___These Shining Lives received its World Premiere at Baltimore Center Stage in Baltimore, Maryland on April 30, 2008 – Irene Lewis, Artistic Director, Michael Ross, Managing Director.
It was developed at Baltimore Center Stage in Baltimore, Maryland, as part of their First Look Festival; The History Theatre in St. Paul, Minnesota, as part of their Raw Stages Festival; The Northlight Theatre in Skokie, Illinois; Primary Stages as part of their Primetime Reading Series; and TheatreWorks in Palo Alto, California, as part of their New Works Festival.
It was commissioned by Northlight Theatre in Skokie, Illinois.
Facts from the book “Deadly Glow” by Ross Millner were used with permission of the author. This version of the play has been written especially for the 2013 production at Park Theatre. The play takes place in Illinois, USA during the 1920s and 1930s.
Alec trained at LAMDA and NYT.
Theatre includes: King Lear (Donmar), Dantons Death (NT), The Fastest Clock in the Universe (Hampstead Theatre), The Soldiers Fortune, Andorra (Young Vic), Plenty (Albery), Certain Young Men (Almeida), Desperately Seeking Susan (Novello), The Recruiting Officer (Chichester Festival), The Glass Menagerie, Translations (Royal Lyceum, Edinburgh) and The Revengers Tragedy (Orange Tree).
TV includes: Waterloo Road, Dracula, Silent Witness, Hope Springs, The Reichenbach Falls, Spooks, Children Of Dune, Frankenstein, Enterprise, Dark Shadows, Tru Calling, Angel, Nightflight, Dune, Murder Rooms, Judge John Deed, The Rag Nymph, Blonde Bombshell, Peak Pactice, Dangerfield, Taggart and Casualty.
Film includes: Greyhawk, A Lonely Place To Die, Blackwater, The Gene Generation, Moonlight Serenade, The Fifth Patient, Constellation, Staring At The Sun, Four Corners Of Suburbia, Bright Young Things, The Principles Of Lust, The Death Of Klinghoffer, Long Time Dead and G:MT.
Nathalie trained at LAMDA.
Theatre includes: The Little Prince (Lyric Theatre Belfast), Viva Forever (Workshop), 24hr Plays (The Old Vic), The Boyfriend (Her Majesty’s West End).
Radio Includes: BBC Radio 4’s A Change In The Willows.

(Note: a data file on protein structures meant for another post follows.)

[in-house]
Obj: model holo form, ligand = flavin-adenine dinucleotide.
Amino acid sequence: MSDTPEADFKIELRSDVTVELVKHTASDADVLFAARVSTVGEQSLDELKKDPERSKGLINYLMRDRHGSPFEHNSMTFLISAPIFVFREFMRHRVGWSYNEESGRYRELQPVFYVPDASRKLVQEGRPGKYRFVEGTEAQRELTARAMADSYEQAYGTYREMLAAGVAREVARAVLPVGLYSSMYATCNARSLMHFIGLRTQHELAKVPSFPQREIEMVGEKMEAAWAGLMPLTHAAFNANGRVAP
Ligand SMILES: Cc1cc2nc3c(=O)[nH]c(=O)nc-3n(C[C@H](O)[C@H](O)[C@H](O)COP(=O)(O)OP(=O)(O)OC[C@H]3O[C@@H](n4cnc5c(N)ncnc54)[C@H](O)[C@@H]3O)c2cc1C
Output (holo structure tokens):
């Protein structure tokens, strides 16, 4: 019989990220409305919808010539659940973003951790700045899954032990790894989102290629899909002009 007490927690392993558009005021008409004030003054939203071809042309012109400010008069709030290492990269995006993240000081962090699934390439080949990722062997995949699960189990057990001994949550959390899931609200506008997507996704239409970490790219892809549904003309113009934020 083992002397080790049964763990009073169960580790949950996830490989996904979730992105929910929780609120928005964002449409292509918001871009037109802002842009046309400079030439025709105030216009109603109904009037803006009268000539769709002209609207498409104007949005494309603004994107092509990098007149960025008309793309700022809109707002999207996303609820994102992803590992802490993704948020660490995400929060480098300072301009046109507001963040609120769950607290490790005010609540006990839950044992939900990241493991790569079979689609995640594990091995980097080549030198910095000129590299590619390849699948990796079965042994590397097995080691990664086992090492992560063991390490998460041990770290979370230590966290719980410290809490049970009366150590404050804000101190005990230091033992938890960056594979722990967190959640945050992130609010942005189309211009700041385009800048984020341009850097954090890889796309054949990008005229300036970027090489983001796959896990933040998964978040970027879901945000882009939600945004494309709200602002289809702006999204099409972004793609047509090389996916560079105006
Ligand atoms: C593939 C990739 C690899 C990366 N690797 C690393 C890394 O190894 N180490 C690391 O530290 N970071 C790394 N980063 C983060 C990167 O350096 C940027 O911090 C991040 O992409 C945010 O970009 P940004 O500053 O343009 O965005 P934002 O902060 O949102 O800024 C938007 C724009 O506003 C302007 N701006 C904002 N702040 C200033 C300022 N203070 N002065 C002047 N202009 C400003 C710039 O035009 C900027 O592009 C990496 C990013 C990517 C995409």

Theatre whilst at LAMDA includes: Celia in As You Like It, Sally Bowles in Cabaret, Arcadia, Gloriously Mucky Business, The Seagull, All’s Well That Ends Well, The Innocent Mistress, Tartuffe and The Changeling.
Melanie has a BA in Theatre & English from the University of South Carolina and an MA in Theatre from the University of Hull. She has just returned from shooting Portait
Theatre includes: Romantic Comedy (UK tour), Misconceptions (Hong Hong Arts Centre), A Season in South Africa (Old Vic), Simpatico (White Bear), The Rainmaker and Independence (Tabard Theatre).
Television includes: Portrait (dir. Ridley Scott). Radio includes: Serious Money, Trying and a number of BBC dramas. Film includes: The Bourne Ultimatum and Super Storm.
She is also a dancer and choreographer. Choreography credits include Oliver! (starring Rowan Atkinson, Oxford) and Sleeping Beauty (Salisbury Playhouse).
Melanie is co-founder of Transmission – a weekly workshop for professional actors, writers and directors, where the emphasis is on sharing creative concepts and developing skills.
David began acting in New York and New Jersey.
UK credits include: The Event (UK tour, Edinburgh Fringe First winner), Americana Absurdum (Menier Chocolate Factory, Edinburgh Fringe First winner), Horse Country (Riverside Studios, Traverse Theatre, UK tour and Edinburgh Fringe First winner). Since 2000 he has performed in 7 Fringe First winning plays in Edinburgh (including The Exonerated and Fatboy, screwmachine/eyecandy – both with Mike McShane) in addition to roles in Guy Masterson’s production of 12 Angry Men (with Bill Bailey) and Assembly Theatre’s Midnight Cowboy.